On 20 June 2003 s.188 of the Enterprise Act 2002 [the Act] came into force making it an offence for a person (but not a company) dishonestly to agree “with one or more other persons to make or implement, or cause to be made or implemented, arrangements…relating to at least two undertakings (A and B)” that include ones which would “directly or indirectly fix a price for the supply by A in the UK (otherwise than to B) of a product or service” [the cartel offences].
In the eight intervening years, the Office of Fair Trading [the OFT] has brought only two prosecutions: R v Whittle  EWCA Crim 2560, arising out of the Marine Hoses cartel and firmly cemented in a plea bargain agreement concluded in the USA, and Regina v Martin George and Others, arising out of the BA/Virgin fuel cartel, which shuddered to a halt on 10 May 2010 when the OFT offered no evidence. The OFT website indicates that it is currently conducting three investigations into cartel activity in the automotive sector, the agricultural sector and the commercial vehicle manufacturing sector.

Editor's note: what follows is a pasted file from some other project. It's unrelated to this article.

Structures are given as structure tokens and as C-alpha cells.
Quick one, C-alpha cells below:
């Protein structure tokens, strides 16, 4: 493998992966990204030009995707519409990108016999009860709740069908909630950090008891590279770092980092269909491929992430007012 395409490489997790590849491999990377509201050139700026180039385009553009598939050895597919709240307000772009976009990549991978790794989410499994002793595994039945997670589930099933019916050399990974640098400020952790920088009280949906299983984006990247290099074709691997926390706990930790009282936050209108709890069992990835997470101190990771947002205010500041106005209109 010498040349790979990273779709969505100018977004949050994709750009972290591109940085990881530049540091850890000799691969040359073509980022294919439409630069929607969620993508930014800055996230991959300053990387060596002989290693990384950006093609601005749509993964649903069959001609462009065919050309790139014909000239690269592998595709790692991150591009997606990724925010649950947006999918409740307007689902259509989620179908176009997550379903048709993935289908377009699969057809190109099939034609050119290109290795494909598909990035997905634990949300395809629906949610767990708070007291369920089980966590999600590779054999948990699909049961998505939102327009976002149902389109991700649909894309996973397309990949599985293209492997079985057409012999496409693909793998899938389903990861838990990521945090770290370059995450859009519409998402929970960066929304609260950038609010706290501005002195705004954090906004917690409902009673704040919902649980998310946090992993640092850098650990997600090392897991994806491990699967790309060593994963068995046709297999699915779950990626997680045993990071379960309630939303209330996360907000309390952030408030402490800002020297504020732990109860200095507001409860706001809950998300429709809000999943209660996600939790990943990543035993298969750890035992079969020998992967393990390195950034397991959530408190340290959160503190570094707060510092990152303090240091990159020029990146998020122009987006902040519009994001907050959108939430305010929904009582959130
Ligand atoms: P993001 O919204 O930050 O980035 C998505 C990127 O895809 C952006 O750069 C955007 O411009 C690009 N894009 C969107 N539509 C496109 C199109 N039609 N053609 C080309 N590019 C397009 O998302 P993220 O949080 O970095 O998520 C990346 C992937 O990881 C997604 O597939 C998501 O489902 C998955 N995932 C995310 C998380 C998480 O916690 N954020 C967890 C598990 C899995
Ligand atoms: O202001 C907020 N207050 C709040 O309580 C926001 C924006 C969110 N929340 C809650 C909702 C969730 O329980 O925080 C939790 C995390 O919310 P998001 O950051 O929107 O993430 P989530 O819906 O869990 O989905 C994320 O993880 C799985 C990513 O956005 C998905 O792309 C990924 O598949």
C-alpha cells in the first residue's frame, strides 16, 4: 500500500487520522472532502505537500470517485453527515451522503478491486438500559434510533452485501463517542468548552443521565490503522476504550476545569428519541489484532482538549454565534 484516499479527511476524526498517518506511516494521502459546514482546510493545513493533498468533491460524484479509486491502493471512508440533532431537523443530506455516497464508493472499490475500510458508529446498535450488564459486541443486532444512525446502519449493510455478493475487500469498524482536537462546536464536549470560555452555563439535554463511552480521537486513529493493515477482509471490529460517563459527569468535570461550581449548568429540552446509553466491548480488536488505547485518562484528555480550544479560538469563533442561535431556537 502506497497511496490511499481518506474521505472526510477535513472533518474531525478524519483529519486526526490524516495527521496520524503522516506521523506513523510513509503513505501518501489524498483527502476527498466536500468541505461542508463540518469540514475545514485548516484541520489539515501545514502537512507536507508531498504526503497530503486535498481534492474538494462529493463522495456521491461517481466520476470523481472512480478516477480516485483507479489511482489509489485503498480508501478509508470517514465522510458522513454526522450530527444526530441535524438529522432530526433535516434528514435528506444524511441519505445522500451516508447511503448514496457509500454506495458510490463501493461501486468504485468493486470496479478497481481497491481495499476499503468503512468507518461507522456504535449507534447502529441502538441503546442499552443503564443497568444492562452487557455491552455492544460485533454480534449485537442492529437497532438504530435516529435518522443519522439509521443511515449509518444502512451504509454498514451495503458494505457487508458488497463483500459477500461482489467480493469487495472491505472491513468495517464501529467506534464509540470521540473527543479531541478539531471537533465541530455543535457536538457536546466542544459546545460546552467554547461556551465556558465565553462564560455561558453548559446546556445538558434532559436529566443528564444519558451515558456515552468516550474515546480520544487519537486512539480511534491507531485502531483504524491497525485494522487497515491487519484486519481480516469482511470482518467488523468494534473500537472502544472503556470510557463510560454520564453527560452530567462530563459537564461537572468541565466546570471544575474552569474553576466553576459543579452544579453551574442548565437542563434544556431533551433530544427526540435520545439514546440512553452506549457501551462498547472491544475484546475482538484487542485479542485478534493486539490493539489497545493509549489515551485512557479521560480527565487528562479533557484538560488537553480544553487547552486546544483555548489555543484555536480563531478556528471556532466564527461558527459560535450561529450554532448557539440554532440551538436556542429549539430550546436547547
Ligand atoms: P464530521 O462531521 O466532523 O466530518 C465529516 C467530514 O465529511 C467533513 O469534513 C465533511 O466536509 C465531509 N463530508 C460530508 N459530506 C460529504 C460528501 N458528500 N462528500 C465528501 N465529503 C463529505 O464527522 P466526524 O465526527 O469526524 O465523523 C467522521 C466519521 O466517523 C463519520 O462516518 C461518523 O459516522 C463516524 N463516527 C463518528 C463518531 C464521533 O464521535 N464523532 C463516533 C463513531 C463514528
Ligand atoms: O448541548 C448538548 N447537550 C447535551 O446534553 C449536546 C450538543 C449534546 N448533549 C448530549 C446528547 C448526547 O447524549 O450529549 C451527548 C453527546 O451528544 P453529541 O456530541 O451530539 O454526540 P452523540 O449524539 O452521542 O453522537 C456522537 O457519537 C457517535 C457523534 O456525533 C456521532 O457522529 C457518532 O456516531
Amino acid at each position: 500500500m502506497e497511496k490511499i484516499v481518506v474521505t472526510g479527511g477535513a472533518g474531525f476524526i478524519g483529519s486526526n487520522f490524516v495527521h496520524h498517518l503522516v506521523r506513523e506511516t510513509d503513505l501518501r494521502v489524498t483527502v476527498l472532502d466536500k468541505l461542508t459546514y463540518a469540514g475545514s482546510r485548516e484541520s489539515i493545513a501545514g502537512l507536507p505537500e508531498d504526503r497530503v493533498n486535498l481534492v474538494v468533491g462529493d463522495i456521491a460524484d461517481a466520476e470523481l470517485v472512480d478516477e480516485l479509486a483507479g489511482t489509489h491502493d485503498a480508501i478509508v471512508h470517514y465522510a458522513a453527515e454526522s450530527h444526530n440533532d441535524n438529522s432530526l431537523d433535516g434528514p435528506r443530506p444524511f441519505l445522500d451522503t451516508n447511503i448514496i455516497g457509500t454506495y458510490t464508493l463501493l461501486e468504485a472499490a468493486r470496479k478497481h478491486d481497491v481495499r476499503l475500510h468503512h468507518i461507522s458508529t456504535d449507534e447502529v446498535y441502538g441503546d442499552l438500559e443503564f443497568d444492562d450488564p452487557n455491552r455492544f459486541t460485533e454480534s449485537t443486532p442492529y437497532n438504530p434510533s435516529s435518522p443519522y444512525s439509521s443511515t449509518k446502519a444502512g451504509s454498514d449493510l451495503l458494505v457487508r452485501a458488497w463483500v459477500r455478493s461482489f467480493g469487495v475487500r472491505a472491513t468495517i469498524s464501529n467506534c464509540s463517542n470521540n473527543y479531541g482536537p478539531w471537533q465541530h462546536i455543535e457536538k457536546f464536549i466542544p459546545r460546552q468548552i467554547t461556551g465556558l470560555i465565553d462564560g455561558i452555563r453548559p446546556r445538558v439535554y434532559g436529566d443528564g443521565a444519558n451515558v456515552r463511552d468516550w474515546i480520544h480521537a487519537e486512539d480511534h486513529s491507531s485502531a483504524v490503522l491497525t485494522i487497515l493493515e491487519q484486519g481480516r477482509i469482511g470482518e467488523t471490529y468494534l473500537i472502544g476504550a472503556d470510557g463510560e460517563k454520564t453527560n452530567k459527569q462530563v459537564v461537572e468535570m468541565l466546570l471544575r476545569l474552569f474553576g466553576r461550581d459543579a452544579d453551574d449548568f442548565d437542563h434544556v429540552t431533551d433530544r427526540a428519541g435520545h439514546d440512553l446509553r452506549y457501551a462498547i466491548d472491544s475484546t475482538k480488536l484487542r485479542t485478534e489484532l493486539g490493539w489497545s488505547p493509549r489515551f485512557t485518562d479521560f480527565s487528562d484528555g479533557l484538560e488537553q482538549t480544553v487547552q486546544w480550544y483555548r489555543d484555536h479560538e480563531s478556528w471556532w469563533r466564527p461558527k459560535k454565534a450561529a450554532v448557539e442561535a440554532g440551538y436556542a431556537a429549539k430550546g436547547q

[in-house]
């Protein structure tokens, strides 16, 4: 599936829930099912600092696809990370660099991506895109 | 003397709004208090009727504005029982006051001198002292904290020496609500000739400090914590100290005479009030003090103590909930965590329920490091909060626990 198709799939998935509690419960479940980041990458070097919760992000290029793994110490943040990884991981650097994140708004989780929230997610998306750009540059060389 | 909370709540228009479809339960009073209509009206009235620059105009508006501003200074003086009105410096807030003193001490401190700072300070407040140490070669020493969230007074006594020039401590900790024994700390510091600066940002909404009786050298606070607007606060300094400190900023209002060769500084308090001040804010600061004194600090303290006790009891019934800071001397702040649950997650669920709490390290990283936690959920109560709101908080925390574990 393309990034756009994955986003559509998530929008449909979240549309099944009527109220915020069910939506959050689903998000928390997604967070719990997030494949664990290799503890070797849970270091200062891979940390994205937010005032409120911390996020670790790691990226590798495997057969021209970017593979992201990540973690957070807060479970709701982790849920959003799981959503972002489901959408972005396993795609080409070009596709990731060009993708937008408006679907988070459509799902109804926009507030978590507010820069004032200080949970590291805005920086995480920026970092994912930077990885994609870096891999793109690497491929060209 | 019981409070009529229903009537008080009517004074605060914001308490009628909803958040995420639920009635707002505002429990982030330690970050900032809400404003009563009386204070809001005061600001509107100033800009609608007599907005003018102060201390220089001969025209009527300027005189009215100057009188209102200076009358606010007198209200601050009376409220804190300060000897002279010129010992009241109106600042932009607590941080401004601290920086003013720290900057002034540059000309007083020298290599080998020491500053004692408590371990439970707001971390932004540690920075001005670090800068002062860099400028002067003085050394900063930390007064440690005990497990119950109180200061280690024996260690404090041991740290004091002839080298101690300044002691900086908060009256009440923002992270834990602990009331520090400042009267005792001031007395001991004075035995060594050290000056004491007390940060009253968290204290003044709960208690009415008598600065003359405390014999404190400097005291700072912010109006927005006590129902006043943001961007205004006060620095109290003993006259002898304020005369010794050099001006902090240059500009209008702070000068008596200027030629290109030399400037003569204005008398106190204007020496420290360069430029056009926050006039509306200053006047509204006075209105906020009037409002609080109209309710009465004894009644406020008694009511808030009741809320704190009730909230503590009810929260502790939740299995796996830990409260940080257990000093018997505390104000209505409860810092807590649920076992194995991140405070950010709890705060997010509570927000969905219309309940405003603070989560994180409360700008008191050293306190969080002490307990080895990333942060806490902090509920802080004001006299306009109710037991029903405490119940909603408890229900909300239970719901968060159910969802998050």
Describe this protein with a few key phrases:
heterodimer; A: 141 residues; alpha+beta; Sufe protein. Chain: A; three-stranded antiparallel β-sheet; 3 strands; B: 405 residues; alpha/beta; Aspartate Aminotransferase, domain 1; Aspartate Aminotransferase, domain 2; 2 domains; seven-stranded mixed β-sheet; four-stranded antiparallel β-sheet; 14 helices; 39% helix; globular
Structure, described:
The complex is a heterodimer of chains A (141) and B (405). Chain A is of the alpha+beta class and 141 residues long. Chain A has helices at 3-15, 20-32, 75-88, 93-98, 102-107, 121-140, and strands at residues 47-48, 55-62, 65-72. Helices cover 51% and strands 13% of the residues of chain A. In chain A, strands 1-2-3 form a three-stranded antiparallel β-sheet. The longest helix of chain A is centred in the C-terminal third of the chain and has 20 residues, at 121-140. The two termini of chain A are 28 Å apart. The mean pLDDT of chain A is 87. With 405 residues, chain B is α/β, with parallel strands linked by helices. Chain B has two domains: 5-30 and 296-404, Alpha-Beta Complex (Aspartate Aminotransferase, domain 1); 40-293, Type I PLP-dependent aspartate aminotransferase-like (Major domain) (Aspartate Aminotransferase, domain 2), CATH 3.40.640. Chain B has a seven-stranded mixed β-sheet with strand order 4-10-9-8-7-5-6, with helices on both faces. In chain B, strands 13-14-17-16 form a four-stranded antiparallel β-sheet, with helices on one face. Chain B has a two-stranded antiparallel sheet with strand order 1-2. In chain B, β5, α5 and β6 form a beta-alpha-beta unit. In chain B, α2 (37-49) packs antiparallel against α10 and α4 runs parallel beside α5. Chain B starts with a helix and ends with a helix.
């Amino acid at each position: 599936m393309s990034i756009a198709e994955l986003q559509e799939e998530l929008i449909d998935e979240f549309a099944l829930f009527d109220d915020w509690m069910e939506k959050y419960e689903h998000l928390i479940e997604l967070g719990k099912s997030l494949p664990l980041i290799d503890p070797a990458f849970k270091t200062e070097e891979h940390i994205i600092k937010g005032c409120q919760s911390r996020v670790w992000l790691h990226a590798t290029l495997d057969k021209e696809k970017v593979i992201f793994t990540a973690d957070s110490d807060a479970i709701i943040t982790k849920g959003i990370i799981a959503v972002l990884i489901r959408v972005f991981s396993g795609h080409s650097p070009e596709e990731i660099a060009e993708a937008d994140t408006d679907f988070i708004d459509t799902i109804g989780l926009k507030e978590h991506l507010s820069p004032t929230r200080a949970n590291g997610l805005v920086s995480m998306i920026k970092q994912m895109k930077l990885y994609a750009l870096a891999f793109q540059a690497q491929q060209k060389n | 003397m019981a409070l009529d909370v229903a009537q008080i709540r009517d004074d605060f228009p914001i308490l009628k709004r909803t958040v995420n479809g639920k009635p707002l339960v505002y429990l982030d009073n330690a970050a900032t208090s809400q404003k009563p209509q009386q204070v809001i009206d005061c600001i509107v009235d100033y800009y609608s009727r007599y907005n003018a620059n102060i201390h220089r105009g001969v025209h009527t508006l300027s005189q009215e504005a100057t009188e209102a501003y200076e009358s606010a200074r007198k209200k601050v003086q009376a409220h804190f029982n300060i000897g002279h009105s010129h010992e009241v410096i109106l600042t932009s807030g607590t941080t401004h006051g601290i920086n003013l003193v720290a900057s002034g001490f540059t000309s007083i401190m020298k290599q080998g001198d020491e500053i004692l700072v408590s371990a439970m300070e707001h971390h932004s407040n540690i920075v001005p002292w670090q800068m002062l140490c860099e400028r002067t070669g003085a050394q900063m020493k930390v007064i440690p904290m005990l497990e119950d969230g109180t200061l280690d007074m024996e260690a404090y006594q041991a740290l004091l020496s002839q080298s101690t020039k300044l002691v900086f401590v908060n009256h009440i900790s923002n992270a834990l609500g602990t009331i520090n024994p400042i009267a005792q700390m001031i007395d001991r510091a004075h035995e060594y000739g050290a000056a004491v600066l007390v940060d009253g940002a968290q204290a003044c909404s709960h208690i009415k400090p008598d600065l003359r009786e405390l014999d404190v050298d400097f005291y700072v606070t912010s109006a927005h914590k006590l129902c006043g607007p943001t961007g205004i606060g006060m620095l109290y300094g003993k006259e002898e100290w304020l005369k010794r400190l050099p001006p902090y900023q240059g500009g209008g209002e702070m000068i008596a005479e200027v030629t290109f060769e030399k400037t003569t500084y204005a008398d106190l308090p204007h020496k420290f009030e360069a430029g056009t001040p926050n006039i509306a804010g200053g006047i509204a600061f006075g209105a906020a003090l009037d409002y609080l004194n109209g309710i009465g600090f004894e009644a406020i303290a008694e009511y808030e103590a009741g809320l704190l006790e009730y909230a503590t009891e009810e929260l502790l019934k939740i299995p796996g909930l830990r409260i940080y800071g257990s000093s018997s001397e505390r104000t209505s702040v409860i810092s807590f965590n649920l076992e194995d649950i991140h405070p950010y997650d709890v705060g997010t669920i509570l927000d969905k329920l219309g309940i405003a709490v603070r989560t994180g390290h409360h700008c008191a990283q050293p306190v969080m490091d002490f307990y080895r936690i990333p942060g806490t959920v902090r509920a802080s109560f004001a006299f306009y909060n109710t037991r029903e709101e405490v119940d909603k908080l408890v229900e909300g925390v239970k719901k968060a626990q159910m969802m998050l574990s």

The government is concerned that the aggressive approach in the Act to cartel activity, trumpeted on 10 April 2002 by Patricia Hewitt, the then Secretary of State for Trade and Industry, viz. that it would be an offence that “will send out a strong message to the perpetrators, their colleagues in business, the general public and the courts”2 is in reality a lame duck. There is concern that the requirement on the prosecutor to prove that the cartel was dishonest, as opposed to the strict liability offence favoured in America, Canada, Australia and in some other countries, is too difficult to prove.